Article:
What is Air Pollution?
The Earth is bounded by a shield of air (made up of various gases) called the atmosphere. Without the atmosphere, we will be exposed to intense heat by day and frozen by low temperature at night. Life on earth is made possible because of the atmosphere.
When gas, dust particles, fumes (or smoke) are introduced into the atmosphere, they cause air pollution. This is harmful to humans, animals and plants because the air turns out to be dirty (contaminated or unclean).
Any other gas, particle or odors that distort the natural balance of the atmosphere and cause harm to living things can be called air pollutants.
Sources of air pollution:
- natural sources – wind-blown dust, wildfires, and volcanoes
- area sources – agricultural areas, cities, and wood burning fireplaces
- mobile sources – cars, buses, planes, trucks, and trains.
- stationary sources – power plants, oil refineries, industrial facilities, and factories
Health Effects of Air Pollution
The health risk that people face depends on their current health status, the type of pollutant, its level of concentration, and how long a person has been exposed to the polluted air. Healthy people, when exposed to polluted air can get respiratory irritation or breathing difficulties during exercise or outdoor activities with other pollution related symptoms like watery eyes, coughing, or wheezing occurring.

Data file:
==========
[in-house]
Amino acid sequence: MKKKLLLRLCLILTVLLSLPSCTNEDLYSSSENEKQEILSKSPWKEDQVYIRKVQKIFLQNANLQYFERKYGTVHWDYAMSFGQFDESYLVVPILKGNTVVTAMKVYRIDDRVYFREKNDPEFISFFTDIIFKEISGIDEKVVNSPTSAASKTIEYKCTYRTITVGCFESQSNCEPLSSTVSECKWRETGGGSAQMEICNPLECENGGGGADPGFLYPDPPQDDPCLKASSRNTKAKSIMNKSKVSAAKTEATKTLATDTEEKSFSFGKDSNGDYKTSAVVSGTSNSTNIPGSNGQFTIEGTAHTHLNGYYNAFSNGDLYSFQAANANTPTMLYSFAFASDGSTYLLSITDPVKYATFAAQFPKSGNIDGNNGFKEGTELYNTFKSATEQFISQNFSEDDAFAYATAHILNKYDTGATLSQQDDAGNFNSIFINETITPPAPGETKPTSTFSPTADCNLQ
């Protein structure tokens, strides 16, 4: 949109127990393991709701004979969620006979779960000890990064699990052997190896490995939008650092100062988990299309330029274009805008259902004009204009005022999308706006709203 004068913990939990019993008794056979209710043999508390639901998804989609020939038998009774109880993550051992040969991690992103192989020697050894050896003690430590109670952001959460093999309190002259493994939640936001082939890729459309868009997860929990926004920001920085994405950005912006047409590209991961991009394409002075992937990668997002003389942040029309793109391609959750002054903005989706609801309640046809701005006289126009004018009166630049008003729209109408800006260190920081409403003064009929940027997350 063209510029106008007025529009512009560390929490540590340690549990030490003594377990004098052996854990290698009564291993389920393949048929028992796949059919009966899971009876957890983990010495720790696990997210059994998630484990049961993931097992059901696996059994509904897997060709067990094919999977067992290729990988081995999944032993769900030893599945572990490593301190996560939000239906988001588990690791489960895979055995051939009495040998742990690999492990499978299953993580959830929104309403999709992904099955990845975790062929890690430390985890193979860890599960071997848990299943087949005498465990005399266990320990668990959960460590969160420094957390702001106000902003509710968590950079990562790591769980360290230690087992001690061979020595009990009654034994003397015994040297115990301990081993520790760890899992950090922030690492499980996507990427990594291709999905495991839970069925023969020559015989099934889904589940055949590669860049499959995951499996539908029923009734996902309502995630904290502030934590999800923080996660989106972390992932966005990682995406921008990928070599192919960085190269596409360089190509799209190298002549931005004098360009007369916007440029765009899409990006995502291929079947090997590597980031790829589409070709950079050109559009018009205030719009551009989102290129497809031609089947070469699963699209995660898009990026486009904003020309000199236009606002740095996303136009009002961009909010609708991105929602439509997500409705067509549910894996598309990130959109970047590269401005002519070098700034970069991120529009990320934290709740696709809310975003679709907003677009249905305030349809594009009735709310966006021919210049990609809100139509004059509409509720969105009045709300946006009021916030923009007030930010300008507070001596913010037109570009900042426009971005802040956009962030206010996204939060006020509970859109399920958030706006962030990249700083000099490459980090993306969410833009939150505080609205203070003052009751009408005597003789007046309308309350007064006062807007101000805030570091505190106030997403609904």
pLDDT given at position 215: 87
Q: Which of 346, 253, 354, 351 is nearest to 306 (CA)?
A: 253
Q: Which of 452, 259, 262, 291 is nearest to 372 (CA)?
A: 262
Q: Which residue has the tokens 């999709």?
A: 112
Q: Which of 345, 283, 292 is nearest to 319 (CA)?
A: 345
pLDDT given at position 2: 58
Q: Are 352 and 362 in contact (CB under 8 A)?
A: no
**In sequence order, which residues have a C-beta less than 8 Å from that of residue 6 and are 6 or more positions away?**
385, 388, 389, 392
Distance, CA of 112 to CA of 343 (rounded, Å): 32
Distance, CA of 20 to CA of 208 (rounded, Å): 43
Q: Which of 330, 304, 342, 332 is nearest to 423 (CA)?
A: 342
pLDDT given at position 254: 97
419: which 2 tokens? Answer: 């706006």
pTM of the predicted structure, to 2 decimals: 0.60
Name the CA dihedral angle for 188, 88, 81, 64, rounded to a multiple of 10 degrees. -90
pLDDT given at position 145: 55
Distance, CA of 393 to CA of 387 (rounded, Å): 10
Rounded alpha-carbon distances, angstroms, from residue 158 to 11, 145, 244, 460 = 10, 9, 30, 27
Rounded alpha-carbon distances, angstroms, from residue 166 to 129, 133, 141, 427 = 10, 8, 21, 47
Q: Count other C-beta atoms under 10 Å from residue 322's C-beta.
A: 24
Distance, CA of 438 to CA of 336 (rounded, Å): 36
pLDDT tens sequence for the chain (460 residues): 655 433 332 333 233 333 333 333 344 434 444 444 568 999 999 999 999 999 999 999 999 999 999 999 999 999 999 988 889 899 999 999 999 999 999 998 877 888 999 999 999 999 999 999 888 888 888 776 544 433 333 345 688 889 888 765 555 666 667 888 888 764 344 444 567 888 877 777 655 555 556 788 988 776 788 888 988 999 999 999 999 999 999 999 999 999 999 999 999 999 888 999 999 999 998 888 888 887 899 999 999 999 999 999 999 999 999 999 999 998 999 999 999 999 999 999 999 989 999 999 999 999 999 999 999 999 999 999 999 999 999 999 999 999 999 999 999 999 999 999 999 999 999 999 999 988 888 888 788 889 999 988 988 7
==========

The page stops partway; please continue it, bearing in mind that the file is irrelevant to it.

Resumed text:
Air Pollution and High Blood Pressure
A report from the “Centers for Disease Control and Prevention” showed that more than 360000 American deaths in 2013 (That is almost 1,000 deaths each day) included high blood pressure as a primary or contributing cause.
Human beings are at risk of suffering high blood pressure after prolonged exposure to air pollution. Another study was done by the European Study of Cohorts for Air Pollution Effects on 41,072 people living in Norway, Sweden, Denmark, Germany and Spain to investigate long-term effects of exposure to air pollution in Europe. Information on blood pressure was gathered when the participants joined the study and during a follow-up examination in later years. None had hypertension when they joined the study, but during the follow-up period 6,207 people (15%) reported that they developed hypertension or started to take blood pressure-lowering medications.
High blood pressure is one of the most powerful contributors to heart diseases – It is a silent killer. High blood pressure increases your risk of coronary heart disease and stroke which is why managing exposure to air pollutants is so important and it isn’t noticed immediately most times.
People who are exposed to higher levels of pollution from vehicles are somewhat more likely to have high blood pressure, a known risk factor for heart disease.